Kiron, David, Rebecca Shockley, Nina Kruschwitz, Glenn Finch, and Micheal Haydock. 2011. Analytics: The Widening Divide. MIT Sloan Management Review; IBM Institute for Business Value.

[1] More than a decade ago, one could say that the reverse phenomenon was true, meaning that aspirational organizations were more of the norm.

[2] Big data analysis techniques are still in their infancy, and I consider them nonstandard in comparison with traditional data analytics tools and techniques (including data warehousing, BI, and data mining) that have matured, especially in the last two decades.

[3] “Without big data, you are blind and deaf in the middle of a freeway.”—Geoffrey Moore.

I discuss these topics in detail in my book. Visit the book site for "High-Performance Data Mining and Big Data Analytics: The Story of Insight from Big Data" ( ).

Tuesday, September 6, 2016

What Constitutes a Big Data Scenario (Part 2): Human vs. Machine Generated Data

For more information and orders, visit the book site for "High-Performance Data Mining and Big Data Analytics: The Story of Insight from Big Data" ( ).

It is projected that growth in global data generated per year is 40%, versus a 5% growth in global IT spending (McKinsey Global Institute 2011). From a cost perspective, this divergence clearly shows why big data technology solutions must be cost-effective today in order to stay within existing IT  budgets and forecasts. However, the real value of any technology is ultimately defined by its business ROI and not its cost. This is particularly true for classic organizations that are exploring these new big data technologies. From an economic and business standpoint, the potential value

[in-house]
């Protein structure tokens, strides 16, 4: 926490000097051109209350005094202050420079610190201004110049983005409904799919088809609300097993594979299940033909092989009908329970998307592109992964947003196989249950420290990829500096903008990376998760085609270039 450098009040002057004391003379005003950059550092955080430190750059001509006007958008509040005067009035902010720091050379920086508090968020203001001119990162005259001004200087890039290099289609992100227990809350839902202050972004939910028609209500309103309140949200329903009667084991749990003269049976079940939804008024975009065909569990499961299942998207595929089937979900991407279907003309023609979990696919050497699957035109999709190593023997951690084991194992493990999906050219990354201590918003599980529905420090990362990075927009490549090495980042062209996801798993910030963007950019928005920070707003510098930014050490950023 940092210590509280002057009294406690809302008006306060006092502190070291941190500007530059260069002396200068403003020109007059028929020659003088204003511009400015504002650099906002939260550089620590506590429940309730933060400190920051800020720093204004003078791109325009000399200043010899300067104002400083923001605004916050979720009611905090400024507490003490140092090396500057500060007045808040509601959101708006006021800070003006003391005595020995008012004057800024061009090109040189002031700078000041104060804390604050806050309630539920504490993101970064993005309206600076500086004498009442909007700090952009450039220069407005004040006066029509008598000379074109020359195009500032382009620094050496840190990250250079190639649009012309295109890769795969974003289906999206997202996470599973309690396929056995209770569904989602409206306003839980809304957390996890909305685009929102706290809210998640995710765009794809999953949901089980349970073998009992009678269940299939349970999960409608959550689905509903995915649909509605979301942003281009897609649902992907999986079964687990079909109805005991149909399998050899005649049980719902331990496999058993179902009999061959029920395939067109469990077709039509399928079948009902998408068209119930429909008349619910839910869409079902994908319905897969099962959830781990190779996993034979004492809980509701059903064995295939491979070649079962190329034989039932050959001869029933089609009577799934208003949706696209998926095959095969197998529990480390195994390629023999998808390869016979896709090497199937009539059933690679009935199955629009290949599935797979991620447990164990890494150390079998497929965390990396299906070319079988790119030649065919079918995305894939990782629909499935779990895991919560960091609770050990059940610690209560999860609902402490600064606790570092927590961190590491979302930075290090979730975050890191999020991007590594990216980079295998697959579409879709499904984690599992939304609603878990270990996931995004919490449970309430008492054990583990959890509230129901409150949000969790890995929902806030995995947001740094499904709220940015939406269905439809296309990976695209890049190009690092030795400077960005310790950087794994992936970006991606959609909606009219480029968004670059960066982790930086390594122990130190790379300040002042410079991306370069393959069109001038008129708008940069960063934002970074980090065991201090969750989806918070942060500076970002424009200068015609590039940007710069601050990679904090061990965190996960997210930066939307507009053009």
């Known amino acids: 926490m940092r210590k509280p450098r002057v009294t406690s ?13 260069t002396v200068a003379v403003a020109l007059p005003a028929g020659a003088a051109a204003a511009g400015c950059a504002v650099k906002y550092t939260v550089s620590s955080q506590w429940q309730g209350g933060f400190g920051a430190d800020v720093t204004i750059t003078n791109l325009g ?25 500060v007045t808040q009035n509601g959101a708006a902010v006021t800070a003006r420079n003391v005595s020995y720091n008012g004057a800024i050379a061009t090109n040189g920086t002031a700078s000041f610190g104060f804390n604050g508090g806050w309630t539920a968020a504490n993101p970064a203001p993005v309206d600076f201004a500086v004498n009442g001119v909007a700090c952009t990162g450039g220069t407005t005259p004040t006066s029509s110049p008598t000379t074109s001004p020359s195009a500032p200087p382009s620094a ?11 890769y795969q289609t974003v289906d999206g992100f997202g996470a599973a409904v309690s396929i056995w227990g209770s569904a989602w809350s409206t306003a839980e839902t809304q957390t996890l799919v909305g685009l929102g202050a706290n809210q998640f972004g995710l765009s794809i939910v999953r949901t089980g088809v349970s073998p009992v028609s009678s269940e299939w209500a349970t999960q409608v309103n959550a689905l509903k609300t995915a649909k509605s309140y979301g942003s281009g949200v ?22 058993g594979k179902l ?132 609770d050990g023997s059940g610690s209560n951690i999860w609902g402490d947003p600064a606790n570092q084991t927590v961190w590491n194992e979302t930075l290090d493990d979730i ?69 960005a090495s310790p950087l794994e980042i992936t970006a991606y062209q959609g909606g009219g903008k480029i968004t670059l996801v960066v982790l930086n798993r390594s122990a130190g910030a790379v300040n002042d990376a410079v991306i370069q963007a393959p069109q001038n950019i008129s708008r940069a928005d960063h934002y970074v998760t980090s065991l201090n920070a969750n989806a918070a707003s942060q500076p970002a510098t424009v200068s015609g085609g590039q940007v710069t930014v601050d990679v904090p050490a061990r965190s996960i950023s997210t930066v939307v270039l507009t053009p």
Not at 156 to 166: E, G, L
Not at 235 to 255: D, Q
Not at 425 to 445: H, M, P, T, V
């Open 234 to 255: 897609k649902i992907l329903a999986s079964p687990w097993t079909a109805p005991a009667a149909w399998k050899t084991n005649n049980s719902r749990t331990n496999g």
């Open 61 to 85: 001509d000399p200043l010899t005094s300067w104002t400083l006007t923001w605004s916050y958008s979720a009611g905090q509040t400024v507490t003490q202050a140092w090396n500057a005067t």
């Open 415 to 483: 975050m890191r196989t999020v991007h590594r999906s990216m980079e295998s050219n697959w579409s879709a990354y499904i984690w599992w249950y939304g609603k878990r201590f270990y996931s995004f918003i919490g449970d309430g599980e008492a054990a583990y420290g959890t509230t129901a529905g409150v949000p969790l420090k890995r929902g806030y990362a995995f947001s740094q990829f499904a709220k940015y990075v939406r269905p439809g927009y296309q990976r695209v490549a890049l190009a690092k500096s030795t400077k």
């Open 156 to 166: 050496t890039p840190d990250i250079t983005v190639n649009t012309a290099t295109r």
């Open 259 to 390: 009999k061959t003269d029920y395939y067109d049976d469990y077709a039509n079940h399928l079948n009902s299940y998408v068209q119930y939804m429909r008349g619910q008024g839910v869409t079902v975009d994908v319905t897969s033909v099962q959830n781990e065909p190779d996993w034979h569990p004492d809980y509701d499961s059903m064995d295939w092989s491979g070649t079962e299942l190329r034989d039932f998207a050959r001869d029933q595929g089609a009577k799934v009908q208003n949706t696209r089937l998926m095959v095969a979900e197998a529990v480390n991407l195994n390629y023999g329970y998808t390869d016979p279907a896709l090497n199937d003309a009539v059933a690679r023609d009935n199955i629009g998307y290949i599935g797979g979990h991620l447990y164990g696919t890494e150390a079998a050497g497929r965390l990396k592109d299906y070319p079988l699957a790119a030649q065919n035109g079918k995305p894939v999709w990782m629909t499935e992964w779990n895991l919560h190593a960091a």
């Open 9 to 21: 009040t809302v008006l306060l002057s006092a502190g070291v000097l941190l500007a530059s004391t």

creation from big data opportunities has already been proven by numerous web companies. In many cases this value creation has been disruptive.

More than 80% of data generated is reported to be unstructured data, which includes:

• Semistructured data: weblogs, machine logs, etc.
• Unstructured text data: blogs, e-mail, comments, etc.
• Binary data: photos, images, audio, video, etc.

It has been reported that the data collected by the US Library of Congress by April 2011 has been around 235 terabytes. Fifteen out of seventeen sectors in United States have more data stored per company than the US Library of Congress (McKinsey Global Institute 2011).

Structured data is stored and resides in predetermined fixed fields. Unstructured data cannot be stored in fixed fields. Freeform text (books, e-mails, articles, blogs, etc.) and untagged video, image,